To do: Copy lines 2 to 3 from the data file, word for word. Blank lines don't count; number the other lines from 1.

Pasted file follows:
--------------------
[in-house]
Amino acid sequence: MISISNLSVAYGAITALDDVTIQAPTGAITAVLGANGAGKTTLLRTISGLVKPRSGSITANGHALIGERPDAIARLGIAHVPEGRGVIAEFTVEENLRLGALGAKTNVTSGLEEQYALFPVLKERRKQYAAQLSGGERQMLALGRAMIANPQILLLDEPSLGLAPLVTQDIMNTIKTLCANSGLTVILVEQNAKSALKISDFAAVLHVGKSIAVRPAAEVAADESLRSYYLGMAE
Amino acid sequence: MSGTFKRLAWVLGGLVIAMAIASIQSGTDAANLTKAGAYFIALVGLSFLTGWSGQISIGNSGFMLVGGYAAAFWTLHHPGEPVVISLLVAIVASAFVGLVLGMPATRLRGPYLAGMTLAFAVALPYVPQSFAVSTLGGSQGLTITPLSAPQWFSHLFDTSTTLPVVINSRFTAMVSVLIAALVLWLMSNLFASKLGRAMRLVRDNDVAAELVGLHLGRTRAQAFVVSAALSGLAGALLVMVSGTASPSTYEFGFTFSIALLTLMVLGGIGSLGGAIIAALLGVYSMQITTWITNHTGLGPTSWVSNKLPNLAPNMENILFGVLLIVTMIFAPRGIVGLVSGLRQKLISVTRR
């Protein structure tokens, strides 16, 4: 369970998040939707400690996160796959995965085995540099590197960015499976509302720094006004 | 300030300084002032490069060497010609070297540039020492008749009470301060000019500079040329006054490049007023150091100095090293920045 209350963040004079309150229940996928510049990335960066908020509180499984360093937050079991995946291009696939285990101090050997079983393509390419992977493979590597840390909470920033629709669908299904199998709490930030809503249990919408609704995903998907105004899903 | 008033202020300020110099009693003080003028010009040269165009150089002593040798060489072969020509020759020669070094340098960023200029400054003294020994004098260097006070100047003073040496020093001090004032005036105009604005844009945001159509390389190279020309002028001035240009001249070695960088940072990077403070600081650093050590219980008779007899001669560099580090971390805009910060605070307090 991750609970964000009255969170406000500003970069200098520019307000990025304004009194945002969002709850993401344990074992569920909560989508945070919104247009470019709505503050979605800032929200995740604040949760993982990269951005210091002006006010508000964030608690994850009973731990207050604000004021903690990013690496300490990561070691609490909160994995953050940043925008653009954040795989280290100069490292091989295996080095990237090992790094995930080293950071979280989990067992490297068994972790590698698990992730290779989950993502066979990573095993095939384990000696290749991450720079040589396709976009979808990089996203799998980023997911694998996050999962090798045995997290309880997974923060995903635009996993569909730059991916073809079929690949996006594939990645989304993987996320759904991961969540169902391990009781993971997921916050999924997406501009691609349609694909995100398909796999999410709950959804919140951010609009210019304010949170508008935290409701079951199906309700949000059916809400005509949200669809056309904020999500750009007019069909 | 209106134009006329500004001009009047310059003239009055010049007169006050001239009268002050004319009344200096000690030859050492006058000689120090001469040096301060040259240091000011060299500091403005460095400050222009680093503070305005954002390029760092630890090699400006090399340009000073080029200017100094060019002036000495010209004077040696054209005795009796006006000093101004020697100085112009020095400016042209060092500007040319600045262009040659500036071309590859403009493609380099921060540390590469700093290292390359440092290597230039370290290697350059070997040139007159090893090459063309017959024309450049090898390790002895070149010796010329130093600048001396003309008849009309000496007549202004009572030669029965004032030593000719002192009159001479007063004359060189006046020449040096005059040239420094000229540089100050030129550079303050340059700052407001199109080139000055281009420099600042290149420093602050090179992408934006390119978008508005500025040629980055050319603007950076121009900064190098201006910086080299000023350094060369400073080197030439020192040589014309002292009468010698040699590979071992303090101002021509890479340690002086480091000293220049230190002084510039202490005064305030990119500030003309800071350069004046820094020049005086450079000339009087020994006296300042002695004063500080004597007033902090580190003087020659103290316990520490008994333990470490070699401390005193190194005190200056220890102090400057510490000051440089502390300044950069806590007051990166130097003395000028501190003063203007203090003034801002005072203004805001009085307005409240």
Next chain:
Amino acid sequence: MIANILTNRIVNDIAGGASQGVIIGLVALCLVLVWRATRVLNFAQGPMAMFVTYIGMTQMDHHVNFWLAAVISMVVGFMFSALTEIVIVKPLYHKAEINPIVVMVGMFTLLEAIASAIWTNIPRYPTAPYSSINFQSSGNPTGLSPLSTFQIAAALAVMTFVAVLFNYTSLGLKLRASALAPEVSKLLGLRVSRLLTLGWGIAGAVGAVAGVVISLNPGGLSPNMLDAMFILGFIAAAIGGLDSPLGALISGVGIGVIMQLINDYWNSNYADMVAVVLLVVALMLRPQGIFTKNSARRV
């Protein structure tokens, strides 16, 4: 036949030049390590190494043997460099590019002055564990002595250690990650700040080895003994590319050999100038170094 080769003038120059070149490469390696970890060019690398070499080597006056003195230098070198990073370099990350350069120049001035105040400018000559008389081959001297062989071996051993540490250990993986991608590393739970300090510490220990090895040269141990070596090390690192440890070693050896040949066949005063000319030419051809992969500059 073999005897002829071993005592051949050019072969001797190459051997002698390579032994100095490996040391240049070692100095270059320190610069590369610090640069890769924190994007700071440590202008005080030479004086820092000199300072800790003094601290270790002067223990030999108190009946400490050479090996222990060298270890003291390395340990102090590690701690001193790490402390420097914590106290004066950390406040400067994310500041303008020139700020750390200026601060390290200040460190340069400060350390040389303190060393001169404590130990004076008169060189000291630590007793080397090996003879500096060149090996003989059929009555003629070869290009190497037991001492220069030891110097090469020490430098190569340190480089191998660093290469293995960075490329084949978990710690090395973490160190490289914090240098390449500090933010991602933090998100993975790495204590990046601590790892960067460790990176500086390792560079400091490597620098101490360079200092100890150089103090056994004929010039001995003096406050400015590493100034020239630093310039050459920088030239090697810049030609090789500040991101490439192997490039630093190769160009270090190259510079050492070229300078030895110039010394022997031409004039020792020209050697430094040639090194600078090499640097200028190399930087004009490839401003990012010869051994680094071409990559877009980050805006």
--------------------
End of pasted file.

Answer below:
Amino acid sequence: MISISNLSVAYGAITALDDVTIQAPTGAITAVLGANGAGKTTLLRTISGLVKPRSGSITANGHALIGERPDAIARLGIAHVPEGRGVIAEFTVEENLRLGALGAKTNVTSGLEEQYALFPVLKERRKQYAAQLSGGERQMLALGRAMIANPQILLLDEPSLGLAPLVTQDIMNTIKTLCANSGLTVILVEQNAKSALKISDFAAVLHVGKSIAVRPAAEVAADESLRSYYLGMAE
Amino acid sequence: MSGTFKRLAWVLGGLVIAMAIASIQSGTDAANLTKAGAYFIALVGLSFLTGWSGQISIGNSGFMLVGGYAAAFWTLHHPGEPVVISLLVAIVASAFVGLVLGMPATRLRGPYLAGMTLAFAVALPYVPQSFAVSTLGGSQGLTITPLSAPQWFSHLFDTSTTLPVVINSRFTAMVSVLIAALVLWLMSNLFASKLGRAMRLVRDNDVAAELVGLHLGRTRAQAFVVSAALSGLAGALLVMVSGTASPSTYEFGFTFSIALLTLMVLGGIGSLGGAIIAALLGVYSMQITTWITNHTGLGPTSWVSNKLPNLAPNMENILFGVLLIVTMIFAPRGIVGLVSGLRQKLISVTRR